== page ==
Following from Issue 4, in a well-attended evening session on the 15th December, Spelthorne Councillors approved a motion to rename Staines to Staines-upon-Thames after a formal inauguration to be held in May.
Whilst it’s unlikely that any celebratory exclamations of “bookyakasha” came from the councillors, who for years have sought to distance the Surrey town from its most notorious fictional resident and “ghost town” reputation, they were undoubtedly satisfied with the conclusion of the heated debate over the town’s re-branding. 25 councillors opted in favour of change, 4 were against it along with 6 abstentions. In an official press release, Spelthorne Council outlined its hopes that the measure would improve the standing of the town as a place to visit, live, and work.
The case was made for the re-branding of Staines on the grounds that it would yield economic benefits for the town and its residents, with the attachment of “upon-Thames” deemed necessary to advertise the riverside position of the town in order to attract potential business and investment. Furthermore, despite comments from neighbouring Runnymede councillors that the name Staines-upon-Thames ‘sounds like pollution’, councillors were keen to pass the motion in order to distance the town and its residents from its humorous reputation.
In September, 134 people had registered their opposition to the change by signing a letter of disagreement written by officials at Staines Town Football Club. However, these objections went unheard, as regulations forbade their formal objections submitted fewer than 5 working days prior to the crucial session.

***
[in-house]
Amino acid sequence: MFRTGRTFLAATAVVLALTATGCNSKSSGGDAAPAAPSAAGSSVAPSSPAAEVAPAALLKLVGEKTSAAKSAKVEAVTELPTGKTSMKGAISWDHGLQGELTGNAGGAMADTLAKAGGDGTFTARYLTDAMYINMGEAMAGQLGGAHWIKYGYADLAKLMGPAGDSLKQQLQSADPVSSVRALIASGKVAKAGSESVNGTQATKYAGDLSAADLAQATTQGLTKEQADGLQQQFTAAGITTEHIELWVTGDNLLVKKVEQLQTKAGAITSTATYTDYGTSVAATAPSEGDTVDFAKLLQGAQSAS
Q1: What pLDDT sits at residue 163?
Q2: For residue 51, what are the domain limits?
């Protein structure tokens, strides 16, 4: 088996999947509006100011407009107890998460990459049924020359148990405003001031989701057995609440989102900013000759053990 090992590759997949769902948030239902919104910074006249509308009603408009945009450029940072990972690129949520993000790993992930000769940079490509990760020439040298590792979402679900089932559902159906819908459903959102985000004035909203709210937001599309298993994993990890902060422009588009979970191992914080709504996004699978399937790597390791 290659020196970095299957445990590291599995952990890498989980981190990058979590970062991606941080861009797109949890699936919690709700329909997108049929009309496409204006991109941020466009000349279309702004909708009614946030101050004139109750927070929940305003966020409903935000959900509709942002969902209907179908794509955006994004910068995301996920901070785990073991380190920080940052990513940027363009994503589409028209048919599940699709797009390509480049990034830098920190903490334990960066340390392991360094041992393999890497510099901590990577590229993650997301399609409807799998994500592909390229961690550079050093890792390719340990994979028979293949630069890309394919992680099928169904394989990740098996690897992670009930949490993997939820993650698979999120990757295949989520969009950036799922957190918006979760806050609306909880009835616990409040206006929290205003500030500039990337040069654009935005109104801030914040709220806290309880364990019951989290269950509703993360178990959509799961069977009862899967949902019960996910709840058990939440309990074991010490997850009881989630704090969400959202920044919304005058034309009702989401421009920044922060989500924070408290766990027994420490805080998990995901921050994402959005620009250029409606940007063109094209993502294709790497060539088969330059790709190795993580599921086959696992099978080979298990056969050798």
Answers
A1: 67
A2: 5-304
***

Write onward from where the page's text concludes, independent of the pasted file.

In the wake of the vote, there was questioning of the depth of Spelthorne Council’s interaction with residents on the issue. Councillor Philippa Broom of Riverside and Laleham commented: ‘I have spoken to hundreds of residents, and have to say it’s clear to us that the residents’ association and about 80% of the people I spoke to are in favour provided there are no adverse cost implications’, adding that ‘the name change puts the Thames where it belongs – at the heart of our community.’
Following Councillor Colin Davis’ statement of the need for change, the motion was passed with Staines due to be officially renamed Staines-upon-Thames at a ceremony on the 20th May. The ceremony, to be attended by representatives of the crown, local, and national government, as well as the City of London, will be accompanied by the repositioning of the London Stone boundary stones from their current location in Lammas Park to their original position by Staines Bridge.